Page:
cCalculated as the midpoint between the ACAPS study by Charles et al. (13.9 %) [10] and the systematic review by Said et al. (27.3 %) [5]

dAnnual pneumonia GP visit data from April 2008 to March 2013

eBEACH calculated that 12.5 % of patients were referred to hospital and/or emergency departments [12]

fIPD data from 2012

Pneumonia GP visits

Between April 2008 and March 2013, the average annual number of GP visits in Australia was reported as 119,300,000 visits. Of these, 78,000 were documented as pneumonia GP visits by adults aged ≥65 years, corresponding to approximately 2525 (95 % CI 2246–2800) visits per 100,000 population (Table 1). The frequency of GP visits for all-cause pneumonia ranged from 1591 per 100,000 in patients aged 65–74 years to 5485 per 100,000 in patients aged ≥85 years.

Because pneumonia GP visits are not specified by pathogen, application of the same proportion of all-cause pneumonia calculated as pneumococcal pneumonia (20.6 %) was used to estimate the frequency of GP visits for pneumococcal pneumonia at 455 per 100,000 for all adults 65 years and older. These values ranged from 287 to 989 per 100,000 in the younger and older age subgroups, respectively (Table 1).

Invasive pneumococcal disease

In 2012, a total of 613 IPD cases were reported in adults aged ≥65 years in Australia, corresponding to an incidence of 19 cases per 100,000 population. Of these cases, 72 % were diagnosed as pneumonia (n = 439), 15 % as bacteraemia (n = 89 cases), 5 % as meningitis (n = 28 cases), and 9 % as other (n = 54 cases). A clinical presentation was not recorded for all cases of IPD (Table 1).

The estimate of invasive pneumonia is likely a significant underestimate as blood cultures are frequently not taken.

Case fatality rates

In 2011, 118,553 deaths due to all causes in adults ≥65 years of age were reported to the AIHW. Between 2004 and 2012, the mean number of pneumonia hospitalisation deaths per year in adults aged ≥65 years attributed to ICD-10-AM codes J12–J18 was 2235.1, which corresponds to a CFR of 6.1 %. The 30-day fatality rate for pneumococcal pneumonia was estimated at 8.1 % based on the number of pneumococcal pneumonia deaths reported by Charles et al. [10] (PGP Charles, personal email communication, March 10, 2015). In this population, the CFR associated with IPD ranged from 14.3 to 16.4 % [20, 21].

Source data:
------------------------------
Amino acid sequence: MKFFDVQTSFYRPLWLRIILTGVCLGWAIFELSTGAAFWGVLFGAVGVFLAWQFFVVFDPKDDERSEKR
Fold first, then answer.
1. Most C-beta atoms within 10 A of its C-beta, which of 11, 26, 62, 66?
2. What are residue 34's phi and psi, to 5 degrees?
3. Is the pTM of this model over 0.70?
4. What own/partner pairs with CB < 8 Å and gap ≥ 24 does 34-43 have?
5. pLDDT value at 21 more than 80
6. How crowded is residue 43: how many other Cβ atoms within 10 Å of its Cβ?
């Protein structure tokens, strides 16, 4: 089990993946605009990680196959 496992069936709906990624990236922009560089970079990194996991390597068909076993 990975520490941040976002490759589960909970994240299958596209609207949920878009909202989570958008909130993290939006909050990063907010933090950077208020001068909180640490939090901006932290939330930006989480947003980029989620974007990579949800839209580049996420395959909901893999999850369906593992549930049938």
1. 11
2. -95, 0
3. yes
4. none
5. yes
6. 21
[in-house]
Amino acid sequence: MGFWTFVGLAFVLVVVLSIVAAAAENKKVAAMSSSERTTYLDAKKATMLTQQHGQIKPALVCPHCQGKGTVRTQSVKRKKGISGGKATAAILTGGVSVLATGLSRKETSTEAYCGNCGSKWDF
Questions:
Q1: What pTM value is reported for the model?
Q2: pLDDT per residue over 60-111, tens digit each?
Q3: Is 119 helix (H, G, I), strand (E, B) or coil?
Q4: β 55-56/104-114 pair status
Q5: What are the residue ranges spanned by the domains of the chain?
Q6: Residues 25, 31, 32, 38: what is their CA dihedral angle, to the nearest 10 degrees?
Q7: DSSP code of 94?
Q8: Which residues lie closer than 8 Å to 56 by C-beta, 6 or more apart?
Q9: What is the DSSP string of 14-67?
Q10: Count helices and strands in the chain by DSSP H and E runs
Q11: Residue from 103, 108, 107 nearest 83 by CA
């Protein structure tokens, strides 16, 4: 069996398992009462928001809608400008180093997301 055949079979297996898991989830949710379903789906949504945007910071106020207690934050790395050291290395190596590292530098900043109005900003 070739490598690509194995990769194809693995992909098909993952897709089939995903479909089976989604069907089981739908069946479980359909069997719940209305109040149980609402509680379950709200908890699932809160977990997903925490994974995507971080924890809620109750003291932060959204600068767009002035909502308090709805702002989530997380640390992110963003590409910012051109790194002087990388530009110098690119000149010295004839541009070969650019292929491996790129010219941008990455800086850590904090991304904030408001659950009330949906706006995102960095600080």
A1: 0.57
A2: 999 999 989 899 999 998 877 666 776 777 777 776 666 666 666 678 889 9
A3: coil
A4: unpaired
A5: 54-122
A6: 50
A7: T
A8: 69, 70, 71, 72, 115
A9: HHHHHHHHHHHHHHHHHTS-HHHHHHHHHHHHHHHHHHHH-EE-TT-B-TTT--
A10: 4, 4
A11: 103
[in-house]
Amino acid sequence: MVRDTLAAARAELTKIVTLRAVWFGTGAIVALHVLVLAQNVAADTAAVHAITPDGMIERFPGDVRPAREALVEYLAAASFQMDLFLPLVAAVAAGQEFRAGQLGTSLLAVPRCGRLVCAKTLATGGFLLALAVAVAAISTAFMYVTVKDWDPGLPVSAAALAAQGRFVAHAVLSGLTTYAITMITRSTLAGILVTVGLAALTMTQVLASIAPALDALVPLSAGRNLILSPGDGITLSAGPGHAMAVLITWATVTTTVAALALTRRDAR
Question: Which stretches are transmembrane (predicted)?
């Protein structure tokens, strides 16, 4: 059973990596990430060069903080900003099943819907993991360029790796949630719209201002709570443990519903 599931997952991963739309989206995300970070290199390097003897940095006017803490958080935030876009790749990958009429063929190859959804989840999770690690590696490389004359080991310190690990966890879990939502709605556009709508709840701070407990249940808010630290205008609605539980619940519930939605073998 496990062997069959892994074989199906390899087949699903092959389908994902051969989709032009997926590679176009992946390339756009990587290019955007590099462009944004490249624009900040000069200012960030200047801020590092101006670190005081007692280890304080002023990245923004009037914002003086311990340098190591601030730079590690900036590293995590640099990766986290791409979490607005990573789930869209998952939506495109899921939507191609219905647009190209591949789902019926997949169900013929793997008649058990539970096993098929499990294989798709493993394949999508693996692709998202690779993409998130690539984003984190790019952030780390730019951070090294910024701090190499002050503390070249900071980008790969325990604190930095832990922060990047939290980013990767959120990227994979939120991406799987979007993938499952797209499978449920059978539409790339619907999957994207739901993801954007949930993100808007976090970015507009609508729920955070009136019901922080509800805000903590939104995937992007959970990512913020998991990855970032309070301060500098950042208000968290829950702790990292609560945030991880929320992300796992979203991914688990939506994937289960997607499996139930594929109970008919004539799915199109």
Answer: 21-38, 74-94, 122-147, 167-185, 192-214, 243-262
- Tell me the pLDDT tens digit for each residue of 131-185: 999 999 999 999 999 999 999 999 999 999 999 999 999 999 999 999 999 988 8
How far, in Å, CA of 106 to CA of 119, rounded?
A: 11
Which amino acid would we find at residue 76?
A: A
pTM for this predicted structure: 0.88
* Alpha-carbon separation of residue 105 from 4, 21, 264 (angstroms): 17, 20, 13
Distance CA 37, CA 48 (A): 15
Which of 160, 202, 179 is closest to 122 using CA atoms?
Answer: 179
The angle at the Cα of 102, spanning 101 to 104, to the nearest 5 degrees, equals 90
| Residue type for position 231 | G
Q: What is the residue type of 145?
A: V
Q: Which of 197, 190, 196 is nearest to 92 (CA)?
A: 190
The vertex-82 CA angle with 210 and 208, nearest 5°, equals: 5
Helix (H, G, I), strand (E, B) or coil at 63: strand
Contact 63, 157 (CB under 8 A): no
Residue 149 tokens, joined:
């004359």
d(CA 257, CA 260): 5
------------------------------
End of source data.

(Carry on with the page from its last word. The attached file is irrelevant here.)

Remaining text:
Economic burden of pneumonia

The total medical costs associated with public hospitalisation for pneumonia and the IPD clinical presentations of bacteraemia and meningitis were based on data from the Australian National Hospital Cost Data Collection. For AR-DRG items E62A, E62B, and E62C, pneumonia hospitalisation costs were A$6242 per person. For bacteraemia (AR-DRG items T60A and T60B), the average weighted treatment cost was A$10,148. The estimated average cost per pneumonia GP visit was based on the findings of Li and colleagues [11], which examined data collected from April 2006 to March 2009 by BEACH. An estimated A$114 was spent on 2 GP visits per episode of pneumonia. In 2012, the estimated annual cost of treating IPD was A$1,172,986.

Costs associated with all-cause pneumonia hospitalisation were estimated at A$270,495,804; costs associated with pneumococcal pneumonia hospitalisation were estimated at A$55,722,136. Estimated costs for GP visits for all-cause and pneumococcal pneumonia were A$8,899,800 and A$1,604,189, respectively. Taken together, the annual total cost of treating pneumococcal disease in adults aged ≥65 years was A$58,499,310.